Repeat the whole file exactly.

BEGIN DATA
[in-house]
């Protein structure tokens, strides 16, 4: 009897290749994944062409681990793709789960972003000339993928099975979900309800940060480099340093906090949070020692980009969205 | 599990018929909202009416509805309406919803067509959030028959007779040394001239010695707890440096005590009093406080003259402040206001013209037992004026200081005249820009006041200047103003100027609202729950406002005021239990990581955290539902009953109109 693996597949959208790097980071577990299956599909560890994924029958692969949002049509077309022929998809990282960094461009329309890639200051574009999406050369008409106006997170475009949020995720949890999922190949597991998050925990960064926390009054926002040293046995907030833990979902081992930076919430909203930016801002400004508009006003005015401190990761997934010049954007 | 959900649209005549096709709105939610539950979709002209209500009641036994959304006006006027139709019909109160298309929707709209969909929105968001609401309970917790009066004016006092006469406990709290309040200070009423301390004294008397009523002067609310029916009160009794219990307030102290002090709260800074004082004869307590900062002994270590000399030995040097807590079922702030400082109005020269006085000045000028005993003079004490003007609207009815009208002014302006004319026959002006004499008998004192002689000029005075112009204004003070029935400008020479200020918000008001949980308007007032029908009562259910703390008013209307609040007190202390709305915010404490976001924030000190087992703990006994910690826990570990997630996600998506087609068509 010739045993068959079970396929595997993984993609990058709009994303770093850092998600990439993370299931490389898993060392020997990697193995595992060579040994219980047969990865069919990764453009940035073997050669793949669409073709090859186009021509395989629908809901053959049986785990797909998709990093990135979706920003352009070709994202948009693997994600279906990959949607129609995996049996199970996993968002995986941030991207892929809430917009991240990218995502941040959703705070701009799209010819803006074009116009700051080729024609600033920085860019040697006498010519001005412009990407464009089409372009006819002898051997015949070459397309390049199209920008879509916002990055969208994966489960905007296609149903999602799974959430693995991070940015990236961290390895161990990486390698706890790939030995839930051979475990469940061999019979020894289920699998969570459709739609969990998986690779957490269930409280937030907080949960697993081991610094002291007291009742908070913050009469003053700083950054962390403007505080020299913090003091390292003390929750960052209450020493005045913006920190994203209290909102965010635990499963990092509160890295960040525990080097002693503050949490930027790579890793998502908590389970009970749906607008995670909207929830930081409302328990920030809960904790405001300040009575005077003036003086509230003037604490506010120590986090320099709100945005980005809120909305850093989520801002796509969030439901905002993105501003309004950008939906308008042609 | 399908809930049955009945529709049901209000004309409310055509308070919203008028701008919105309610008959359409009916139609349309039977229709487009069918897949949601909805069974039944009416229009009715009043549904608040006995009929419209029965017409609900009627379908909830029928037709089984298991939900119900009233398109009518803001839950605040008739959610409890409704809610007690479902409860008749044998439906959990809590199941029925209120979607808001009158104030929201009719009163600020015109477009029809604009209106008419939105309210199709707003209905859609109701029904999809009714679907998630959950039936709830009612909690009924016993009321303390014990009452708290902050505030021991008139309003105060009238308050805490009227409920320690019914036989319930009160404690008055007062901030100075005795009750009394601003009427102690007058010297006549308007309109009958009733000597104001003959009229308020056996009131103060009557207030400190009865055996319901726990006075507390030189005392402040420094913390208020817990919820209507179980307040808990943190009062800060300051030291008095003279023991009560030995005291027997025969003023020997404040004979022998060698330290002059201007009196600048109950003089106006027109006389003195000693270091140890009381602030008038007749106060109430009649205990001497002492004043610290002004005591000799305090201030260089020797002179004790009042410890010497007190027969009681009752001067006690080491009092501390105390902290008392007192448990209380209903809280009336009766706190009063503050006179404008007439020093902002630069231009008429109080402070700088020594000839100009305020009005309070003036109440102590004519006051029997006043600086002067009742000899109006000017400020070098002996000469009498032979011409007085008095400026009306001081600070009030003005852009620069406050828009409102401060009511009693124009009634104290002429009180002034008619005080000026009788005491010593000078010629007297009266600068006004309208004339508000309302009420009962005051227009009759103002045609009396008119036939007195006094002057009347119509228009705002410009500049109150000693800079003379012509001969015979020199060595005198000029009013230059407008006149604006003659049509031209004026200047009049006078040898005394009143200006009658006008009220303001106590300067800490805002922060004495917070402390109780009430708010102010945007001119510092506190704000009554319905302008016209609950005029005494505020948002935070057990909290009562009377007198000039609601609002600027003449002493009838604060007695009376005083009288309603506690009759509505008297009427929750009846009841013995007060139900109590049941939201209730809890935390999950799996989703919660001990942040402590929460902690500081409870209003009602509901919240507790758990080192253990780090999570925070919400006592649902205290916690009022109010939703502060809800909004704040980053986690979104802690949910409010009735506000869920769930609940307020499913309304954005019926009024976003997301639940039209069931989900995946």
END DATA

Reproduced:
[in-house]
């Protein structure tokens, strides 16, 4: 009897290749994944062409681990793709789960972003000339993928099975979900309800940060480099340093906090949070020692980009969205 | 599990018929909202009416509805309406919803067509959030028959007779040394001239010695707890440096005590009093406080003259402040206001013209037992004026200081005249820009006041200047103003100027609202729950406002005021239990990581955290539902009953109109 693996597949959208790097980071577990299956599909560890994924029958692969949002049509077309022929998809990282960094461009329309890639200051574009999406050369008409106006997170475009949020995720949890999922190949597991998050925990960064926390009054926002040293046995907030833990979902081992930076919430909203930016801002400004508009006003005015401190990761997934010049954007 | 959900649209005549096709709105939610539950979709002209209500009641036994959304006006006027139709019909109160298309929707709209969909929105968001609401309970917790009066004016006092006469406990709290309040200070009423301390004294008397009523002067609310029916009160009794219990307030102290002090709260800074004082004869307590900062002994270590000399030995040097807590079922702030400082109005020269006085000045000028005993003079004490003007609207009815009208002014302006004319026959002006004499008998004192002689000029005075112009204004003070029935400008020479200020918000008001949980308007007032029908009562259910703390008013209307609040007190202390709305915010404490976001924030000190087992703990006994910690826990570990997630996600998506087609068509 010739045993068959079970396929595997993984993609990058709009994303770093850092998600990439993370299931490389898993060392020997990697193995595992060579040994219980047969990865069919990764453009940035073997050669793949669409073709090859186009021509395989629908809901053959049986785990797909998709990093990135979706920003352009070709994202948009693997994600279906990959949607129609995996049996199970996993968002995986941030991207892929809430917009991240990218995502941040959703705070701009799209010819803006074009116009700051080729024609600033920085860019040697006498010519001005412009990407464009089409372009006819002898051997015949070459397309390049199209920008879509916002990055969208994966489960905007296609149903999602799974959430693995991070940015990236961290390895161990990486390698706890790939030995839930051979475990469940061999019979020894289920699998969570459709739609969990998986690779957490269930409280937030907080949960697993081991610094002291007291009742908070913050009469003053700083950054962390403007505080020299913090003091390292003390929750960052209450020493005045913006920190994203209290909102965010635990499963990092509160890295960040525990080097002693503050949490930027790579890793998502908590389970009970749906607008995670909207929830930081409302328990920030809960904790405001300040009575005077003036003086509230003037604490506010120590986090320099709100945005980005809120909305850093989520801002796509969030439901905002993105501003309004950008939906308008042609 | 399908809930049955009945529709049901209000004309409310055509308070919203008028701008919105309610008959359409009916139609349309039977229709487009069918897949949601909805069974039944009416229009009715009043549904608040006995009929419209029965017409609900009627379908909830029928037709089984298991939900119900009233398109009518803001839950605040008739959610409890409704809610007690479902409860008749044998439906959990809590199941029925209120979607808001009158104030929201009719009163600020015109477009029809604009209106008419939105309210199709707003209905859609109701029904999809009714679907998630959950039936709830009612909690009924016993009321303390014990009452708290902050505030021991008139309003105060009238308050805490009227409920320690019914036989319930009160404690008055007062901030100075005795009750009394601003009427102690007058010297006549308007309109009958009733000597104001003959009229308020056996009131103060009557207030400190009865055996319901726990006075507390030189005392402040420094913390208020817990919820209507179980307040808990943190009062800060300051030291008095003279023991009560030995005291027997025969003023020997404040004979022998060698330290002059201007009196600048109950003089106006027109006389003195000693270091140890009381602030008038007749106060109430009649205990001497002492004043610290002004005591000799305090201030260089020797002179004790009042410890010497007190027969009681009752001067006690080491009092501390105390902290008392007192448990209380209903809280009336009766706190009063503050006179404008007439020093902002630069231009008429109080402070700088020594000839100009305020009005309070003036109440102590004519006051029997006043600086002067009742000899109006000017400020070098002996000469009498032979011409007085008095400026009306001081600070009030003005852009620069406050828009409102401060009511009693124009009634104290002429009180002034008619005080000026009788005491010593000078010629007297009266600068006004309208004339508000309302009420009962005051227009009759103002045609009396008119036939007195006094002057009347119509228009705002410009500049109150000693800079003379012509001969015979020199060595005198000029009013230059407008006149604006003659049509031209004026200047009049006078040898005394009143200006009658006008009220303001106590300067800490805002922060004495917070402390109780009430708010102010945007001119510092506190704000009554319905302008016209609950005029005494505020948002935070057990909290009562009377007198000039609601609002600027003449002493009838604060007695009376005083009288309603506690009759509505008297009427929750009846009841013995007060139900109590049941939201209730809890935390999950799996989703919660001990942040402590929460902690500081409870209003009602509901919240507790758990080192253990780090999570925070919400006592649902205290916690009022109010939703502060809800909004704040980053986690979104802690949910409010009735506000869920769930609940307020499913309304954005019926009024976003997301639940039209069931989900995946």